*In Minnesota, a joint tenant generally has the right to unilaterally sever the joint tenancy, so long as one of the following is satisfied: (1) the instrument of severance is recorded in the office of the county recorder or the registrar of titles in the county where the real estate is situated; (2) the instrument of severance is executed by all of the joint tenants; (3) the severance is ordered by a court of competent jurisdiction; (4) a severance is effected pursuant to bankruptcy of a joint tenant; or (5) where the other joint tenant has detrimentally relied on its existence.

C. Wisconsin State Laws Known to Restrict the Sale of Property

In Wisconsin, a spouse has an ownership interest in the home held solely in the name of the other spouse. If one spouse, who holds title in his name only, wishes to convey a clear title (i.e., sell or transfer the home) to someone other than the spouse, the other spouse would have to join in the conveyance, either directly or by other written consent. The same is true if the married couple held the home property by joint ownership.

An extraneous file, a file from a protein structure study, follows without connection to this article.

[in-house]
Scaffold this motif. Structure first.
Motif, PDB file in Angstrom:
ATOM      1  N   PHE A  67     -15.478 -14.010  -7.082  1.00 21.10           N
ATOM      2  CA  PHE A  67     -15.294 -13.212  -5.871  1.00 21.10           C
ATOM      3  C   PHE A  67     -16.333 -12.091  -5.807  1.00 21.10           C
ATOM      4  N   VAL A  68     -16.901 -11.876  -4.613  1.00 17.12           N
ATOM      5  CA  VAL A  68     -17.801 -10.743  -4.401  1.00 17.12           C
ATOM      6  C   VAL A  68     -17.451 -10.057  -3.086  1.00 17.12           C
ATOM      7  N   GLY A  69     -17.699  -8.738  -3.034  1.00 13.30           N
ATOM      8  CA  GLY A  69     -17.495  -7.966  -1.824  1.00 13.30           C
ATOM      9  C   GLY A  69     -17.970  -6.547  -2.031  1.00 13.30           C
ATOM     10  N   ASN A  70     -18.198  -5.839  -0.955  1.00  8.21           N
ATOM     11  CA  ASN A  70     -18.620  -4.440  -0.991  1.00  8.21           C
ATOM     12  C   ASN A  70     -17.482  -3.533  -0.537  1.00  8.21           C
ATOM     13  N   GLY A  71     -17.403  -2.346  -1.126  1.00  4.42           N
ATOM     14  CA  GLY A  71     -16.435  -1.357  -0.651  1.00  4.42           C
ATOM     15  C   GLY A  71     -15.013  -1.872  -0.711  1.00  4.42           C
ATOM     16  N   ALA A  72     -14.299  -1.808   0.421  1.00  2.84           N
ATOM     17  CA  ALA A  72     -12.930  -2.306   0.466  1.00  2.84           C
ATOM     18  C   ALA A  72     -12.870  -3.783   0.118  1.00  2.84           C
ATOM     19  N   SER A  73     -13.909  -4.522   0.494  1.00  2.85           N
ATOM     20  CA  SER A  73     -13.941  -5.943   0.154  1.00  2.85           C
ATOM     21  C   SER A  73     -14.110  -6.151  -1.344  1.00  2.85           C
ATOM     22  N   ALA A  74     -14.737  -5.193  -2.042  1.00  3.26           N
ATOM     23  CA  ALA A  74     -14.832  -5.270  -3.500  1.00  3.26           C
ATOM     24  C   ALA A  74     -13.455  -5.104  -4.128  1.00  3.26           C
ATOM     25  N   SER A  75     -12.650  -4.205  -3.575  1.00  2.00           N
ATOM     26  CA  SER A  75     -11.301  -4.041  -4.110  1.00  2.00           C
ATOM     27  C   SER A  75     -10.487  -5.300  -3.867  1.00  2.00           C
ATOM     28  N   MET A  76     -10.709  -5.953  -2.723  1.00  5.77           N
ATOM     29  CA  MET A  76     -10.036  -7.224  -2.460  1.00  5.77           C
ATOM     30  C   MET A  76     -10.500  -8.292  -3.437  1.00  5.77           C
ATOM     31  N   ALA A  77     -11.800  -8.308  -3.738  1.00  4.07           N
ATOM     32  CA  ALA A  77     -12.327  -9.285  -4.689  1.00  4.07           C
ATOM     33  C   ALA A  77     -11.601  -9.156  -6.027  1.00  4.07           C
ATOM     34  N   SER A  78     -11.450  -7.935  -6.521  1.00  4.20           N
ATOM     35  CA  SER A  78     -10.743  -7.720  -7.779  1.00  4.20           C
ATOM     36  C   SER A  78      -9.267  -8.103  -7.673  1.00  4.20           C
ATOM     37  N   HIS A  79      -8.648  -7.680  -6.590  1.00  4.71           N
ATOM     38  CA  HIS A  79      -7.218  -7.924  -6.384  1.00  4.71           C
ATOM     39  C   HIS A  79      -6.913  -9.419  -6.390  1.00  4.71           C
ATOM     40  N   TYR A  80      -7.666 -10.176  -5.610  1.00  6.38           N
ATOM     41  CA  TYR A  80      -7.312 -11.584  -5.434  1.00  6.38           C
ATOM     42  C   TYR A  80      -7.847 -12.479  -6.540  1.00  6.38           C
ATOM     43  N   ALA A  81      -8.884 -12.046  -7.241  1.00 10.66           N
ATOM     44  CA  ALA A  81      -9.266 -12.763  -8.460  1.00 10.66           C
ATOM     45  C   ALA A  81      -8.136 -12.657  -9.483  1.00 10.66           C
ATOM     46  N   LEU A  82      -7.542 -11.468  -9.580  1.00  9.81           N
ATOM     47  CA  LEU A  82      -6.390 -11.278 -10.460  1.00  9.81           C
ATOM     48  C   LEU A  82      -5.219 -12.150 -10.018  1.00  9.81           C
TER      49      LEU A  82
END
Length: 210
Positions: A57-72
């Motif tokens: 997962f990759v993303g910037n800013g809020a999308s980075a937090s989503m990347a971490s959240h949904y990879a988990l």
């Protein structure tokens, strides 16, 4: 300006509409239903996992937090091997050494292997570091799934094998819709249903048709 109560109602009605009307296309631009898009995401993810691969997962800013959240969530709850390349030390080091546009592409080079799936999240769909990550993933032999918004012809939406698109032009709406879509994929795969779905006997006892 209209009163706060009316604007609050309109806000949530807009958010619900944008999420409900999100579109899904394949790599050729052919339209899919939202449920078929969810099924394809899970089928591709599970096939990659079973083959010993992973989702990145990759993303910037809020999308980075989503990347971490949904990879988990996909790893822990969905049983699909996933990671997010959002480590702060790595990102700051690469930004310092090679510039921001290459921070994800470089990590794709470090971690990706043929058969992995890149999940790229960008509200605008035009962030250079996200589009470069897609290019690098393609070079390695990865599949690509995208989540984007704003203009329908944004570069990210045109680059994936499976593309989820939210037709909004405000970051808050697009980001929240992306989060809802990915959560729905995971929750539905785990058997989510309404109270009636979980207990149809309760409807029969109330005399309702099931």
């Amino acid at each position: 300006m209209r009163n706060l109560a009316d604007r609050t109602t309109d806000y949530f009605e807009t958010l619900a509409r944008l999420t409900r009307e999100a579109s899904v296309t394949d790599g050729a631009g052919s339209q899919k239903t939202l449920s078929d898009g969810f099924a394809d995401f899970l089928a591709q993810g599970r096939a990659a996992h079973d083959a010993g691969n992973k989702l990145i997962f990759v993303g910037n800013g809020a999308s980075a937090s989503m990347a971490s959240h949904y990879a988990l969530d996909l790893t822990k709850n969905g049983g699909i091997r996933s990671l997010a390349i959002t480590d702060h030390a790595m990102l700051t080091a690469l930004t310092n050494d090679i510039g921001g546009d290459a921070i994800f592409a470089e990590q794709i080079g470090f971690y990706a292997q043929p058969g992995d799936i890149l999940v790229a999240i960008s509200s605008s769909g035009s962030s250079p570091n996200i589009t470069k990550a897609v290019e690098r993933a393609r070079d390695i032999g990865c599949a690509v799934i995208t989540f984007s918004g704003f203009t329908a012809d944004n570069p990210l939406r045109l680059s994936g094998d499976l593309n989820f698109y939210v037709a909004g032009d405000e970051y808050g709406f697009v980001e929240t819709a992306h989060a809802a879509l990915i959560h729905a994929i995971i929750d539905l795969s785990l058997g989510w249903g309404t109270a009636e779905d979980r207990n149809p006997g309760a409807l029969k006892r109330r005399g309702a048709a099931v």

Note that this restriction applies only to home property. A home, for the purposes of this restriction, is any shelter in which the individual or spouse has ownership interest and which is used by the individual or spouse as his principal place of residence, not to exceed 40 acres.

In cases where this restriction is found to apply and the value of the property causes the claimant to exceed the resource limit, obtain a SSA-795 from the spouse regarding consent.

Example A: Before their separation, Mr. and Mrs. Madison lived in a home in Wisconsin, which Mrs. Madison had inherited from her parents. The house is in Mrs. Madison's name only. She is the sole titleholder.